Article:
“What is that interference?” Leander murmured, as he hopped over a tangle of optical data cables across the floor.  In the past days, the engineer had lashed together portable generators and a web of connections between three different computers cores that were refusing to talk to one another.  They were like three sisters at an awkward family reunion.  The colony’s massive duotronic computer core had literally been built into the cave wall.  (By comparison, Leander’s tricorder contained exponentially more storage and computing power in the palm of his hand.)  The original duotronic computer was strung together with two other computer cores Leander had brought down from Dvorak: one was a modern bioneural memory module, and the other was a freshly replicated duotronic computer core of a similar design, if much smaller.

From the doorway, Lieutenant Kellin Rayco asked, “Should I be tipping you right now?”  He leaned a shoulder against the door frame, an amused smirk on his lips.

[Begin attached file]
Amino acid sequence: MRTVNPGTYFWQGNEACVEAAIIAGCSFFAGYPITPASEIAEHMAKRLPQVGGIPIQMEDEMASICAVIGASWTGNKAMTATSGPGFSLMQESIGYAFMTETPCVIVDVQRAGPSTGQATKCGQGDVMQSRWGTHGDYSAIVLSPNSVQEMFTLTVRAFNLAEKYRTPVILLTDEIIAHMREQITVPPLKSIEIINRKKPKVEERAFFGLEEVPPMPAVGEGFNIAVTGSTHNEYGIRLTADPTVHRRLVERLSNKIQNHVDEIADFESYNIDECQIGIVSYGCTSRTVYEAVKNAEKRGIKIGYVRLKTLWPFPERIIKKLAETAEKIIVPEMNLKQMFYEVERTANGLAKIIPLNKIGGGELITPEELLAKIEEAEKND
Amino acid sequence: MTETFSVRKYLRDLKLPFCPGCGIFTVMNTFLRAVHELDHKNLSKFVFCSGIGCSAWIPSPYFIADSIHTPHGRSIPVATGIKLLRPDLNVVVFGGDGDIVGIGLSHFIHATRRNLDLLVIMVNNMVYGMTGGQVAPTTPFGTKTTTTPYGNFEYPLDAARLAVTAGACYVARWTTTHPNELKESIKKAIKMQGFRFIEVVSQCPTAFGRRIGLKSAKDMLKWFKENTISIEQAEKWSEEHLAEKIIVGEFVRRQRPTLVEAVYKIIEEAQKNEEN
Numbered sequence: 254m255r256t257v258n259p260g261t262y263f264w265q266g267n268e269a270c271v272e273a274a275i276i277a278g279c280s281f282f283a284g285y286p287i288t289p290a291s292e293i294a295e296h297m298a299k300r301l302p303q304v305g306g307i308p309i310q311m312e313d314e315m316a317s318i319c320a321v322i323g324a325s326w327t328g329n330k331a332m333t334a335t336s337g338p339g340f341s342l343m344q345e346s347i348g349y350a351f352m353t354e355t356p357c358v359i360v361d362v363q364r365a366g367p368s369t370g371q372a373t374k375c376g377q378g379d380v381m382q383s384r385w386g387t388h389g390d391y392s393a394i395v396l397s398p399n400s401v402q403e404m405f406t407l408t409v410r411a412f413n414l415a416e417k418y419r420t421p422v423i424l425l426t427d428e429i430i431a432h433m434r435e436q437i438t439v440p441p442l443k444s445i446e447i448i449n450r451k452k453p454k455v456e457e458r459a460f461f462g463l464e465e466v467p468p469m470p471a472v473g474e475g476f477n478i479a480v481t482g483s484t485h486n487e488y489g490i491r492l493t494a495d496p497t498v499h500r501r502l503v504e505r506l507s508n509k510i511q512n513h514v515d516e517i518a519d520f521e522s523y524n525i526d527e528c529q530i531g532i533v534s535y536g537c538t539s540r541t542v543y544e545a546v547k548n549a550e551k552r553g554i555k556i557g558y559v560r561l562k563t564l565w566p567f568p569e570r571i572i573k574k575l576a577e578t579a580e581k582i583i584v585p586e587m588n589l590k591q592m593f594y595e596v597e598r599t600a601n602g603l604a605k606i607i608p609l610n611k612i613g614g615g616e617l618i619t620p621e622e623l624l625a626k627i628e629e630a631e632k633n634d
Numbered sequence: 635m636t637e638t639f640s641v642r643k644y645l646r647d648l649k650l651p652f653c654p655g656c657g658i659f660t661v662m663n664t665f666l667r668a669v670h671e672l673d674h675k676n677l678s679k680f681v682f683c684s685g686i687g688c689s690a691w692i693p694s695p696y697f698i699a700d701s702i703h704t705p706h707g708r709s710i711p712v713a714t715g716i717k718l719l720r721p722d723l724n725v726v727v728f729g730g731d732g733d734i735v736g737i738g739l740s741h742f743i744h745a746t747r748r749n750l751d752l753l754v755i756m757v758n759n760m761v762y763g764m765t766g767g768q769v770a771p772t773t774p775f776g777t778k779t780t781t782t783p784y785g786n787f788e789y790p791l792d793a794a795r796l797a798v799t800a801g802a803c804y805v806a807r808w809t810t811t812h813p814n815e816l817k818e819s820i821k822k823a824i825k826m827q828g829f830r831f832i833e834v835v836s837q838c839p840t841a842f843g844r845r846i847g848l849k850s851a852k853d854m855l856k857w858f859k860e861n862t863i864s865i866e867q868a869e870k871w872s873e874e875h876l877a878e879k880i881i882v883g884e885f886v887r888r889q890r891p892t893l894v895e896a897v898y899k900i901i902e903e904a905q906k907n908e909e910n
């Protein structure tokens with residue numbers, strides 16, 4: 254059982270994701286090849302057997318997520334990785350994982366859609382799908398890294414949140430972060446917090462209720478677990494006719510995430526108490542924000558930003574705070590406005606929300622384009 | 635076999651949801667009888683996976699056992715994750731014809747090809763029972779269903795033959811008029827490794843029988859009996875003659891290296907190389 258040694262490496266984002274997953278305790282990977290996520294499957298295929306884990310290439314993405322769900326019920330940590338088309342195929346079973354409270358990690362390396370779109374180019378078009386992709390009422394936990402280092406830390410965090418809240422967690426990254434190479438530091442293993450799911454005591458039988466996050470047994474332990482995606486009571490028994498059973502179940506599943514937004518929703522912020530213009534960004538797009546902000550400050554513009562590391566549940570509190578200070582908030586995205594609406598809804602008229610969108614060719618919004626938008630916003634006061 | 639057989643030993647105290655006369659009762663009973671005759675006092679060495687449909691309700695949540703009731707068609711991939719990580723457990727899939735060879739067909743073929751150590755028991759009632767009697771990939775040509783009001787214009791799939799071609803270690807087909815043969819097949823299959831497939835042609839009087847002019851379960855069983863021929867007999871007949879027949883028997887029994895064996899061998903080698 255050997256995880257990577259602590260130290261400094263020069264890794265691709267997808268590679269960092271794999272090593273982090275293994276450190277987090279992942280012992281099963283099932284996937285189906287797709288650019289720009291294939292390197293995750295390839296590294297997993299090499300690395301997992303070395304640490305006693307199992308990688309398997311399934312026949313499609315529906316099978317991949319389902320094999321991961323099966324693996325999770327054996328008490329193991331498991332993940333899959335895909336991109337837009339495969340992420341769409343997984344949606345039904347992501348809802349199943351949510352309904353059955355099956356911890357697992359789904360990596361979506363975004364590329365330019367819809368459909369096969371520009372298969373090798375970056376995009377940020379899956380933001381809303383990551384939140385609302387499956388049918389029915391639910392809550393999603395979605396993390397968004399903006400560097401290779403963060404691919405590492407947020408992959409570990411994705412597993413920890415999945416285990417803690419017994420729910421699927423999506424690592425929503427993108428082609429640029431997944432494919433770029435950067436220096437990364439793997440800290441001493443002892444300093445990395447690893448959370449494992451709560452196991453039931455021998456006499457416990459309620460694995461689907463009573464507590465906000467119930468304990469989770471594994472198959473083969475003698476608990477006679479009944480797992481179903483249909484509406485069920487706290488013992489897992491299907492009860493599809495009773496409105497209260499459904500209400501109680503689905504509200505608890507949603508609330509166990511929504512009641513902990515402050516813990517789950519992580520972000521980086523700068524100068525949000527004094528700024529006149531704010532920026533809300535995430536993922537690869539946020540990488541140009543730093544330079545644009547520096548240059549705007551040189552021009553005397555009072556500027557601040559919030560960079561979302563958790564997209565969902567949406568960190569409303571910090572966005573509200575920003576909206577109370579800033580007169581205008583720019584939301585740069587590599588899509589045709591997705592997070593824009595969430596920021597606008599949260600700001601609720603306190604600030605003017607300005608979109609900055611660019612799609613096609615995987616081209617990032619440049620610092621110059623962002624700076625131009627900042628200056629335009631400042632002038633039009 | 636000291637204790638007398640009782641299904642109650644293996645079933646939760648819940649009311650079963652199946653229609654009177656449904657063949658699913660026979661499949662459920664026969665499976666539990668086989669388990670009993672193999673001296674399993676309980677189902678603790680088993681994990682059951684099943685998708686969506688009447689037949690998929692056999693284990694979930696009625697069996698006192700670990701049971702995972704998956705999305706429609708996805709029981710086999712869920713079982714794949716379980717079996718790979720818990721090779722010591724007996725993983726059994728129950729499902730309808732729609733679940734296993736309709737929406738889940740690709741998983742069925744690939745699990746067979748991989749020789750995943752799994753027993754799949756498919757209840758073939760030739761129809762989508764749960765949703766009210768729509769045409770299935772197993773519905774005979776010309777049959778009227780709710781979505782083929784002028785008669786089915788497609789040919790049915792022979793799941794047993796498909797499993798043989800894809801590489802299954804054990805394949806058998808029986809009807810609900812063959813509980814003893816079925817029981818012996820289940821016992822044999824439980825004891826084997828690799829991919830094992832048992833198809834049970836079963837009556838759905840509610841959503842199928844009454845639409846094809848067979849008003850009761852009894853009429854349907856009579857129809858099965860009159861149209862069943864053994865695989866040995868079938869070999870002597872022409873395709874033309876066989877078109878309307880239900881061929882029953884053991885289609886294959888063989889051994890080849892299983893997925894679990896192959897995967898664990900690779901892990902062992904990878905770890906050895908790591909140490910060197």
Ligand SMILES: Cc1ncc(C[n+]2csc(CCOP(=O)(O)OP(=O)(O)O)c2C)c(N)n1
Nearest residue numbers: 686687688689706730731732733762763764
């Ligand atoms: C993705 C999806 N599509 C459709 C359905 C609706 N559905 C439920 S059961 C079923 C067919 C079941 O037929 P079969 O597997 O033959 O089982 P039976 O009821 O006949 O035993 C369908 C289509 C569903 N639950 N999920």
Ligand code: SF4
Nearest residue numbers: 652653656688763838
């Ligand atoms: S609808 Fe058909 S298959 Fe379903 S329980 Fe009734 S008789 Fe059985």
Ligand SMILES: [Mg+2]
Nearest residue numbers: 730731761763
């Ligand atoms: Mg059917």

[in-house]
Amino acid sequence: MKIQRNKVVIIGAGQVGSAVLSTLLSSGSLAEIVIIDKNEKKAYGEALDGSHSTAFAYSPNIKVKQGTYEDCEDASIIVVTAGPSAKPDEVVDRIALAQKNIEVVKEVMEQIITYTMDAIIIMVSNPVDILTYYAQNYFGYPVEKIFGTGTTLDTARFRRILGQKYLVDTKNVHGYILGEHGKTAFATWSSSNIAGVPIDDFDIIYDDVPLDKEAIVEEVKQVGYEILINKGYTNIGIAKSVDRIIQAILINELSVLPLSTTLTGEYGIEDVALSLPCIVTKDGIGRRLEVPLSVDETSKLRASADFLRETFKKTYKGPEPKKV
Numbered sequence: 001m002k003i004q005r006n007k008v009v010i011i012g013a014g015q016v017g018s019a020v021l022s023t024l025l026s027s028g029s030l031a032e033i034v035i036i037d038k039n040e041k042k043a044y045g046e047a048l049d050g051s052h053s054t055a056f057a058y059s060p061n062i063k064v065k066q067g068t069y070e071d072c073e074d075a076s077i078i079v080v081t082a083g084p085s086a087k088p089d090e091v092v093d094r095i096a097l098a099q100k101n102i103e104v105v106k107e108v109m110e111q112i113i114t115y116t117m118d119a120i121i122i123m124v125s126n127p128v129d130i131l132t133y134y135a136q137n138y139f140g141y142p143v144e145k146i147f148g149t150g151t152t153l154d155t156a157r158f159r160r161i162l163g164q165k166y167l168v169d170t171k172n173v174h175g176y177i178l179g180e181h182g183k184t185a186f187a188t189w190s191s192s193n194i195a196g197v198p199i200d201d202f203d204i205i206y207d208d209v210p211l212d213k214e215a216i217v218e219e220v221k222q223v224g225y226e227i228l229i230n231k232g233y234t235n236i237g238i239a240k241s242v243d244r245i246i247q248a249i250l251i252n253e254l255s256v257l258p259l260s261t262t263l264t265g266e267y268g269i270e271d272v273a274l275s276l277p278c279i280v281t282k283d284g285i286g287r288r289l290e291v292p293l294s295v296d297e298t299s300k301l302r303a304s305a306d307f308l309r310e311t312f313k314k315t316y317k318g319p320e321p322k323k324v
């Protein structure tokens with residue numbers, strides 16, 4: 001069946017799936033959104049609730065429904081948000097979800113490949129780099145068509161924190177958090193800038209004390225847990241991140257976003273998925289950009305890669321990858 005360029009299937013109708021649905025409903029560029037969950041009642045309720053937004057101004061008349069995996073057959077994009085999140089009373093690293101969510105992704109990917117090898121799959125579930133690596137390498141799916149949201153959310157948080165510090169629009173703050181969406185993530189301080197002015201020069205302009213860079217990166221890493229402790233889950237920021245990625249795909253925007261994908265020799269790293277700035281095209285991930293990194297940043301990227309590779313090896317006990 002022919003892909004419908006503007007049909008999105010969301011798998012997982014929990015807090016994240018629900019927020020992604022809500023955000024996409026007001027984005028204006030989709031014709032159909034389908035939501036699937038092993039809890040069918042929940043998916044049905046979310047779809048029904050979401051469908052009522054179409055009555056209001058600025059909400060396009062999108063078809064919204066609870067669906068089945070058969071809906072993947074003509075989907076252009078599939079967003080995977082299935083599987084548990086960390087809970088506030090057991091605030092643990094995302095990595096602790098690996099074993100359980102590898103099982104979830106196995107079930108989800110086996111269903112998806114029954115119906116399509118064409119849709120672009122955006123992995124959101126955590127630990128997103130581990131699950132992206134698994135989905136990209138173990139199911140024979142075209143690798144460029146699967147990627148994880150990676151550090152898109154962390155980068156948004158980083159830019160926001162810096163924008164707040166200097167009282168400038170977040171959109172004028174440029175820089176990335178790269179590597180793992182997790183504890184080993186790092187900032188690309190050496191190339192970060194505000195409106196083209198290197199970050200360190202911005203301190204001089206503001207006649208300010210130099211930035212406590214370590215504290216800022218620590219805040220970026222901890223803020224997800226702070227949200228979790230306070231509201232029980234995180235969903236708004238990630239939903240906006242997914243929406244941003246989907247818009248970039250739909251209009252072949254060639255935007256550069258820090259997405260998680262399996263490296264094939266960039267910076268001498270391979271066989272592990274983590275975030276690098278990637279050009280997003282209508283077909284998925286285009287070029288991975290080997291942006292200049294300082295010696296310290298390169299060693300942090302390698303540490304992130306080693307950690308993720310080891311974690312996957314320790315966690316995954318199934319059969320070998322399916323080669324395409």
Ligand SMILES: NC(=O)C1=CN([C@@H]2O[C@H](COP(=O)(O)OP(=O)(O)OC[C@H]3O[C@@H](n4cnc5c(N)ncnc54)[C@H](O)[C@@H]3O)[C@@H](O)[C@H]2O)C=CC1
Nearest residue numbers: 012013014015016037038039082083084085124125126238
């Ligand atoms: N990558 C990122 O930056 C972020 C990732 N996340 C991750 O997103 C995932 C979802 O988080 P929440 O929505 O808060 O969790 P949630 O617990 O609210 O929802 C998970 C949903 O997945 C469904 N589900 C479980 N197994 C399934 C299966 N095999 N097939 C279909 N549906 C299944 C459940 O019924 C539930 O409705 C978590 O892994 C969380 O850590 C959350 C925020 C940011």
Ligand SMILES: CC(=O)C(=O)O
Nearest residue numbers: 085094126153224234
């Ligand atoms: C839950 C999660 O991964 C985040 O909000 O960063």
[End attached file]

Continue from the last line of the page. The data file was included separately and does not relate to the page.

Leander made no effort to fix his posture to something less dramatic.  “I didn’t see you there,” Leander said.  Only then did he turn and, because of their height differences, he had to look up to meet Kellin’s eyes.  If their conversations ran long, or if he was staring at the floof of curls in Kellin’s ginger hair, Leander would literally feel a pain in his neck from the prolonged flexion.  Oddly, he was starting to like it.  It was a little reminder of Kellin.  By Leander’s assessment, Kellin was one of the most guileless men he knew in Starfleet, and the lack of cognitive dissonance between what Kellin felt and what he said was awfully comforting to the Betazoid engineer.

“How’re you coming along?” Kellin asked.  Without saying anything about it, he proffered a coffee to Leander.  This wasn’t the first time Kellin had noted Leander’s caffeine cycles and showed up just in time to prevent Leander from spiraling into tantrums when he lost track of time.